Protein kinase A (PKA) is a prototype of multidomain signaling proteins functioning as allosteric conformational switches. Allosteric transitions have been the subject of extensive structural and dynamic investigations focusing mainly on folded domains. However, the current understanding of the allosteric role of partially unstructured linkers flanking globular domains is limited. Here, we show that a dynamic linker in the regulatory subunit (R) of PKA serves not only as a passive covalent thread, but also as an active allosteric element that controls activation of the kinase subunit (C) by tuning the inhibitory preequilibrium of a minimally populated intermediate (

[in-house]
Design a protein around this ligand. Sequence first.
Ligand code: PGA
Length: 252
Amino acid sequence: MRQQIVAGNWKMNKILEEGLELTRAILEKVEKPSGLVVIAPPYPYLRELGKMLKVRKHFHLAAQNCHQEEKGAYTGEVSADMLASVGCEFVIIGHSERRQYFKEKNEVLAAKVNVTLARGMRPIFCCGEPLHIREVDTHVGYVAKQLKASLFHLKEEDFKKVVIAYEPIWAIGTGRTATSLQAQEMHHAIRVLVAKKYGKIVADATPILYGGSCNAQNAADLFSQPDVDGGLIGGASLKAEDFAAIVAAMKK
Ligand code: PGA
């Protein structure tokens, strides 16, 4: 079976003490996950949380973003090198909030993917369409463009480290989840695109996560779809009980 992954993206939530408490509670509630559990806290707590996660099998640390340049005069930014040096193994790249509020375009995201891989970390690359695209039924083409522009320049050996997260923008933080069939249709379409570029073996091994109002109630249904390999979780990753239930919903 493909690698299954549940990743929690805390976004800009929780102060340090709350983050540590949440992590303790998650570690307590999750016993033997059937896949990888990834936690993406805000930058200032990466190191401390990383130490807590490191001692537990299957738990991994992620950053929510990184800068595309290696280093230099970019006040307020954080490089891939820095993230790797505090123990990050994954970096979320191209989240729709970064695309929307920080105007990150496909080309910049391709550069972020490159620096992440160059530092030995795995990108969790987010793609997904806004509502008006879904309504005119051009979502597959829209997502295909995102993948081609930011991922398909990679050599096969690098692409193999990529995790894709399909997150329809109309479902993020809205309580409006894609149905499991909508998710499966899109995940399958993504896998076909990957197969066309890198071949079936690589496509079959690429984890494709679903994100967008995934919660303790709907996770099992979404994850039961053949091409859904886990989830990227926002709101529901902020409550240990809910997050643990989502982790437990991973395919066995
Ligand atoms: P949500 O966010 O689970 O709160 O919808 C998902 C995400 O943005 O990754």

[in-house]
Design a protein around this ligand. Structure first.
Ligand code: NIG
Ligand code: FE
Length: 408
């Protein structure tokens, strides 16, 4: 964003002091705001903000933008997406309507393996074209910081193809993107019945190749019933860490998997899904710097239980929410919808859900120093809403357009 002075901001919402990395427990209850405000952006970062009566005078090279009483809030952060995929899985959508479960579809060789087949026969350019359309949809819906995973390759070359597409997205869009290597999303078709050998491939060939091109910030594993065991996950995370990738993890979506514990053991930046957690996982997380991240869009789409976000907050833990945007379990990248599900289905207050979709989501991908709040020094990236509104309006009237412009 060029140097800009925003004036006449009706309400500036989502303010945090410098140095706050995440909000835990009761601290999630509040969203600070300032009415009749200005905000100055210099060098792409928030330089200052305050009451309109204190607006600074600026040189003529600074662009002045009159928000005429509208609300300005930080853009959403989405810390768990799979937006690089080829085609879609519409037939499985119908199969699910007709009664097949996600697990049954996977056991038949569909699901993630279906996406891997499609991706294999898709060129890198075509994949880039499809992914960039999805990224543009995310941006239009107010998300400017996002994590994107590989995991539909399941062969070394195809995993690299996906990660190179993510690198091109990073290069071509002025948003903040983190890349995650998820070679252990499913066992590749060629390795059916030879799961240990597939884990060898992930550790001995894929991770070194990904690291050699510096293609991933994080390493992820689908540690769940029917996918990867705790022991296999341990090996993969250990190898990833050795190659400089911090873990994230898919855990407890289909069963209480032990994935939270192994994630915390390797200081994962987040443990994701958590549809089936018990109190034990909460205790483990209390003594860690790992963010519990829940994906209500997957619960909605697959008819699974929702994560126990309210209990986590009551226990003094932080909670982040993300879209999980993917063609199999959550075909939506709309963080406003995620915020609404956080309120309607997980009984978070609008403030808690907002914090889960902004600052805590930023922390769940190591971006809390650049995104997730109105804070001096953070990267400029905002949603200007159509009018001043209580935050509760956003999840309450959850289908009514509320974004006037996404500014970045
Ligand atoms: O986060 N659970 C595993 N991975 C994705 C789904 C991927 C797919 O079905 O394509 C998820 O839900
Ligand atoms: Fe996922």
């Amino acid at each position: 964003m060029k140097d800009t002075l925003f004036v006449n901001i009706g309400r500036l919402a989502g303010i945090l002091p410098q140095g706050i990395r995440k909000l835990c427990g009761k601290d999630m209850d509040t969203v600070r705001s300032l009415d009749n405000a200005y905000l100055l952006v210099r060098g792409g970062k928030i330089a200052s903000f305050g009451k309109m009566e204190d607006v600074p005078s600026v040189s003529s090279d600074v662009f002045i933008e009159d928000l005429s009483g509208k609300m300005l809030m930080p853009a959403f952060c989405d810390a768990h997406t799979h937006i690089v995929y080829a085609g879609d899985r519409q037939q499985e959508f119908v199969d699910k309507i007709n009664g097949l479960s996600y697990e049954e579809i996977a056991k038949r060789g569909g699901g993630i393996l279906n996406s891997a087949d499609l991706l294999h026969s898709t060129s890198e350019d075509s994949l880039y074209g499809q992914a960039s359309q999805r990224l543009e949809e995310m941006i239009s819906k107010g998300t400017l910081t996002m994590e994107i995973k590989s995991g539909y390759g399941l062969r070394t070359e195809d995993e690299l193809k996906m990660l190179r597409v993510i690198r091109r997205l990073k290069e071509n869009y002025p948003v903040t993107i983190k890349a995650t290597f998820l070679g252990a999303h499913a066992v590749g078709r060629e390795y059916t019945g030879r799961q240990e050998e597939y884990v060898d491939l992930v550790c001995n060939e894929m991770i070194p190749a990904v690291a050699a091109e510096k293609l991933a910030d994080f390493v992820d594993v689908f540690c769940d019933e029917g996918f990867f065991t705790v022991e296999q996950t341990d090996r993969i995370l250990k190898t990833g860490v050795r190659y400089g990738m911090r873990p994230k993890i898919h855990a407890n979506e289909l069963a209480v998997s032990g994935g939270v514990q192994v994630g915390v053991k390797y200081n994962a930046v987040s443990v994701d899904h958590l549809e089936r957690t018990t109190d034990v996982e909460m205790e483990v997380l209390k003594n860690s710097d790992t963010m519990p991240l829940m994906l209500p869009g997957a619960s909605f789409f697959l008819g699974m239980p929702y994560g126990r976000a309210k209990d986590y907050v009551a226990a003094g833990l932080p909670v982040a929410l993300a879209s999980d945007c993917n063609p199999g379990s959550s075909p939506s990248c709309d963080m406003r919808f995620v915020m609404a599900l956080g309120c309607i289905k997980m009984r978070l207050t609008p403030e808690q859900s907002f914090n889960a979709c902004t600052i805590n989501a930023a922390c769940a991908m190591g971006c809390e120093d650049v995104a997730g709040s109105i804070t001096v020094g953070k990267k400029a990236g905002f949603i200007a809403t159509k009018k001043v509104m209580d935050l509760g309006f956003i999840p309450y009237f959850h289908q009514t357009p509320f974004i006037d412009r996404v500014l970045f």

apoR). ApoR samples both C-binding competent (inactive) and incompetent (active) conformations within a nearly degenerate free-energy landscape and such degeneracy maximally amplifies the response to weak (∼2RT), but conformation-selective interactions elicited by the linker. Specifically, the R linker that in the R:C complex docks in the active site of C in apoR preferentially interacts with the C-binding incompetent state of the adjacent cAMP-binding domain (CBD). These unanticipated findings imply that the formation of the intermolecular R:C inhibitory interface occurs at the expense of destabilizing the intramolecular linker/CBD interactions in R. A direct implication of this model, which was not predictable solely based on protein structure, is that the disruption of a linker/CBD salt bridge in the R:C complex unexpectedly leads to increased affinity of R for C. The linker includes therefore sites of R:C complex frustration and frustration-relieving mutations enhance the kinase inhibitory potency of R without compromising its specificity.